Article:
Replace the statue of Napoleon with that of Gisèle Halimi? A monumental controversy seizes Rouen

Jacques Tanguy does not idolize Napoleon, but he describes his statue as if he can still see it. “It is a monumental statue. It is several meters long, several meters high”, he explains. The aging work threatened to collapse, here it is being restored. However, the municipality plans to take this opportunity to replace the Emperor with a more feminine figure. The mayor notably proposed that the militant feminist lawyer Gisèle Halimi be the lucky one. An initiative that goes badly for the guide-lecturer. “We have too much of a tendency to erase history. It’s a kind of exaggeration”, he castigates.

In the streets of Rouen, enthusiasm is mixed. “We must keep the men, but also, perhaps, add more women”, says a passerby, interviewed by TF1. “For me, there should be no more statues of these men who – supposedly – made France”, retorts another. A few meters further, the co-manager of the 1er consul hotel does not agree at all. “Napoleon is our history. He did a lot for France. Good and bad, but he did a lot”, emphasizes Isabelle Lecesne.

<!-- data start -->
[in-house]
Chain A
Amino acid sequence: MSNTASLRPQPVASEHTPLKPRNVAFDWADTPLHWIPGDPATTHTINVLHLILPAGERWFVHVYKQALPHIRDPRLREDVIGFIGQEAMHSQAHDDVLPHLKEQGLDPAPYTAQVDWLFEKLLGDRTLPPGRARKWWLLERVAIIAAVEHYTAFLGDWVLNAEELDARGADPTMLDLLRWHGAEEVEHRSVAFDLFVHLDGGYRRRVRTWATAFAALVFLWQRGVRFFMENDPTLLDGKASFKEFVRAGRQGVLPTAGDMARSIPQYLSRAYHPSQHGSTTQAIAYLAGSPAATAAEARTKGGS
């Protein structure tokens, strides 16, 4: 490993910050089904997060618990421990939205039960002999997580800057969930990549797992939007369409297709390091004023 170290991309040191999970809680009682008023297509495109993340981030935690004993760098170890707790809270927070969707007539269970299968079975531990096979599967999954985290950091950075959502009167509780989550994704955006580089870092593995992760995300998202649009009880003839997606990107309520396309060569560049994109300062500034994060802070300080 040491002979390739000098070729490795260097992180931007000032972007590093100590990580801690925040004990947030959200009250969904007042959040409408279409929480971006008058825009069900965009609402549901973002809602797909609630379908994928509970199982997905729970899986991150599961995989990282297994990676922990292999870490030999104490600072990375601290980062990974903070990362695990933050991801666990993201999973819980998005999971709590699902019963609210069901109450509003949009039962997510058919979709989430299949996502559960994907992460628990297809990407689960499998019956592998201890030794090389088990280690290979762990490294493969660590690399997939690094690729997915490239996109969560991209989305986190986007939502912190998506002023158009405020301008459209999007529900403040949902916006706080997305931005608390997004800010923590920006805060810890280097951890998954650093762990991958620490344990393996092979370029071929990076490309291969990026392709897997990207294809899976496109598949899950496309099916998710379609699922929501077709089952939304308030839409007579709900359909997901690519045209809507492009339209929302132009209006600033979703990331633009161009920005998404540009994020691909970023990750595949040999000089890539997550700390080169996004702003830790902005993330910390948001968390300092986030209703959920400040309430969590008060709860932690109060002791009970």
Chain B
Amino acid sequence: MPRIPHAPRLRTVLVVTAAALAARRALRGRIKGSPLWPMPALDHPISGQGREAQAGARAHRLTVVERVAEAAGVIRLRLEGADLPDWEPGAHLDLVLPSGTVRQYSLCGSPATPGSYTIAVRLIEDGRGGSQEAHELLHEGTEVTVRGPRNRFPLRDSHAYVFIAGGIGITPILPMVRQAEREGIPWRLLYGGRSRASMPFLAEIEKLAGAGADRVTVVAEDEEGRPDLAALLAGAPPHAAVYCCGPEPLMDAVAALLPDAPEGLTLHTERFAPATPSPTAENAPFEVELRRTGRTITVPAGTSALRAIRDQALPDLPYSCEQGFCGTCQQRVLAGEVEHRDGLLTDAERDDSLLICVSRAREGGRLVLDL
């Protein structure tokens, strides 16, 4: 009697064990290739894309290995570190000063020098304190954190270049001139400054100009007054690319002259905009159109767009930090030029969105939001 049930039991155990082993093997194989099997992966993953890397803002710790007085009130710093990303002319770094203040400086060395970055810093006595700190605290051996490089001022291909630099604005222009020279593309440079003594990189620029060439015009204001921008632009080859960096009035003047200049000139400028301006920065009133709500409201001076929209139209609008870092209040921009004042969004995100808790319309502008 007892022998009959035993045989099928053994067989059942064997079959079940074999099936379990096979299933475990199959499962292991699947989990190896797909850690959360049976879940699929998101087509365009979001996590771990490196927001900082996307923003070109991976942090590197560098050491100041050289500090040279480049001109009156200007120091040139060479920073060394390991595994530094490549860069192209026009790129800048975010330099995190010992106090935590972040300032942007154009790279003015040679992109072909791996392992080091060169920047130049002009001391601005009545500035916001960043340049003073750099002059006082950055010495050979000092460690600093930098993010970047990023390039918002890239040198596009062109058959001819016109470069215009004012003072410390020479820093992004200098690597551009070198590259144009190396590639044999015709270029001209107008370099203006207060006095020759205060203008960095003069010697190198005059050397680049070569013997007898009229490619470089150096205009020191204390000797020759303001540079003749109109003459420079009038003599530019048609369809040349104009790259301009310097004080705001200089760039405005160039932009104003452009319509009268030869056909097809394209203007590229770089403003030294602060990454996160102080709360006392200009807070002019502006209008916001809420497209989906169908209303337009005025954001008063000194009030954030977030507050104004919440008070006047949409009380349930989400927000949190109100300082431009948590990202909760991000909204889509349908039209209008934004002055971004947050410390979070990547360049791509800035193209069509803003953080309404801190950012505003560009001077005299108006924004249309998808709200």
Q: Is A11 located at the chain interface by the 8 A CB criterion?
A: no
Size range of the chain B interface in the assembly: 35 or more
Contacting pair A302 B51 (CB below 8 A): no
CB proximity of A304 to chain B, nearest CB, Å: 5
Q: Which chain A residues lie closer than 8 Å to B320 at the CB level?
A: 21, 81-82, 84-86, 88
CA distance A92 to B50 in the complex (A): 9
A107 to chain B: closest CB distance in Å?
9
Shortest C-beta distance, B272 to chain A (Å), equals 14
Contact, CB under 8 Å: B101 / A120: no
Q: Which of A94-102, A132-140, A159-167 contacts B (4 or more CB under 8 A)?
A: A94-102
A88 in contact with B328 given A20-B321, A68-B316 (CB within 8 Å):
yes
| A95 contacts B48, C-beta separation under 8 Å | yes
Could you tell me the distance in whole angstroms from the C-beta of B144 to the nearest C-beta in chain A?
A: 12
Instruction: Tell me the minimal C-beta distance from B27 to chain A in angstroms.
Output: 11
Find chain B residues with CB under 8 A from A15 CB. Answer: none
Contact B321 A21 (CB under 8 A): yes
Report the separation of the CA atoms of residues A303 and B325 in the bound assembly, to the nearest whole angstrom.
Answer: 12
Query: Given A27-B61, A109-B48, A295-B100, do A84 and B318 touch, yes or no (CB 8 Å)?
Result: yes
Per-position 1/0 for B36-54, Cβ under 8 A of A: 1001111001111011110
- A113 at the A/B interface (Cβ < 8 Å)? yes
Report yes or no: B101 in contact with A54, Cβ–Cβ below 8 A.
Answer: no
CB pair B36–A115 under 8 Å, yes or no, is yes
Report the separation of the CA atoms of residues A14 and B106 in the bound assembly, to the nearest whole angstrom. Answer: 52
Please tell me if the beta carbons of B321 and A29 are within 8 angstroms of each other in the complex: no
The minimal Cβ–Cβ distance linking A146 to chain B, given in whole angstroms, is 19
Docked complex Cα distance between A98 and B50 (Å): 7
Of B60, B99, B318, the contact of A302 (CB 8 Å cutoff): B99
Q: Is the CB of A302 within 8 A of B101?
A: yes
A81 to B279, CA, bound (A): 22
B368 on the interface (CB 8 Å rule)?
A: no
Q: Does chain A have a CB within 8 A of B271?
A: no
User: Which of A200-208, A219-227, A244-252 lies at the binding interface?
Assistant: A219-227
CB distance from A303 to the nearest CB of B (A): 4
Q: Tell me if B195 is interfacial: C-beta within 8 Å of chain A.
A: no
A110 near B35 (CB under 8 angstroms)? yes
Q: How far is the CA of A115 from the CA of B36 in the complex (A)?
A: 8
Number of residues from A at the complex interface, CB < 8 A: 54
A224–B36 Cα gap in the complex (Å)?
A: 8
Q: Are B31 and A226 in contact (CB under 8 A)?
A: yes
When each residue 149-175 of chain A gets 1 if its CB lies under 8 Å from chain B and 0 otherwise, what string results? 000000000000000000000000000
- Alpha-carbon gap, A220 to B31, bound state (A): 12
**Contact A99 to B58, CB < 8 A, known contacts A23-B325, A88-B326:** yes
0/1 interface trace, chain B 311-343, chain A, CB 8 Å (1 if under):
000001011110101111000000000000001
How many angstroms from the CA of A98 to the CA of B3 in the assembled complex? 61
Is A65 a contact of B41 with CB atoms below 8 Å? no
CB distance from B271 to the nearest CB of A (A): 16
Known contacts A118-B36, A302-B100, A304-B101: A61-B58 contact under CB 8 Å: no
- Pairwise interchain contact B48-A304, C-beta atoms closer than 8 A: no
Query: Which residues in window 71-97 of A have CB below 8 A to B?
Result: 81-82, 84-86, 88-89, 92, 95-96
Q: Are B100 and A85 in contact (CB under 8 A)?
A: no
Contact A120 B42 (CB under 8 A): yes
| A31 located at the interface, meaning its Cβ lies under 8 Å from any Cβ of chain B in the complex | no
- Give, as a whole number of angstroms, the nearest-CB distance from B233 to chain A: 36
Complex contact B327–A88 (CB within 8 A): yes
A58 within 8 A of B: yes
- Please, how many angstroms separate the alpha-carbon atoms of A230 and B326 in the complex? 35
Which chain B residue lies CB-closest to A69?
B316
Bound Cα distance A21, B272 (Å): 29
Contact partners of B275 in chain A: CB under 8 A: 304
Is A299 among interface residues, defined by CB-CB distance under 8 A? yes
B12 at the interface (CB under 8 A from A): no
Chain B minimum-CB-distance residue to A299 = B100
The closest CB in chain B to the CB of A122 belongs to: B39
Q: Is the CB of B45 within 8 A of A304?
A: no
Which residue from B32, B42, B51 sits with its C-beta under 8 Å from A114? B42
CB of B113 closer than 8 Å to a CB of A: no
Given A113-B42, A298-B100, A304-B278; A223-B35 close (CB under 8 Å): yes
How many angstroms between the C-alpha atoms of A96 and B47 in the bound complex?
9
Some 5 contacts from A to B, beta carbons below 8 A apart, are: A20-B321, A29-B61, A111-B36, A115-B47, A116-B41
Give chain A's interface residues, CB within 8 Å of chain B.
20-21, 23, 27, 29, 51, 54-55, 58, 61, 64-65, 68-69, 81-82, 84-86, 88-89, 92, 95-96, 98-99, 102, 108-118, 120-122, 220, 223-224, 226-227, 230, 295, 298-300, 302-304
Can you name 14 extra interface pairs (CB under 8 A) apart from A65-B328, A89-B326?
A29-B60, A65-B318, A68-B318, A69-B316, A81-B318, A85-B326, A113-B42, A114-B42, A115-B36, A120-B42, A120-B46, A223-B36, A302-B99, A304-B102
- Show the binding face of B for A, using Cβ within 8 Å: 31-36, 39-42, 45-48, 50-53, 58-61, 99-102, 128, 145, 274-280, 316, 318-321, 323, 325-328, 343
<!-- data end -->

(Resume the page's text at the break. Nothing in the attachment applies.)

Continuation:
Related  BAFTA on controversy starring Will Smith at the 2022 Oscars: "It would have been removed from the building"

Not a “culture of erasure”

By the end of the year, a citizen consultation will be organized to find out who should be enthroned above this plinth. But beyond this discord, the municipality wants to fight against the lack of names of women in all public space. “This is the Anne Sylvestre elementary school. Until this summer, it was called Cavelier De La Salle elementary school”, point Nicolas Mayer-Rossignol, mayor PS of Rouen.

After this school and the ice rink, the streets of an entire neighborhood under construction will be fully feminized. “I don’t want a culture of erasure. There is room for everyone. But I’m just asking the question: who is erased today from public space and therefore from our history, if not. isn’t the women?“, launches the chosen one.

In Rouen as in France, women represent barely 5% of street names.

On the same subject

News and Images Source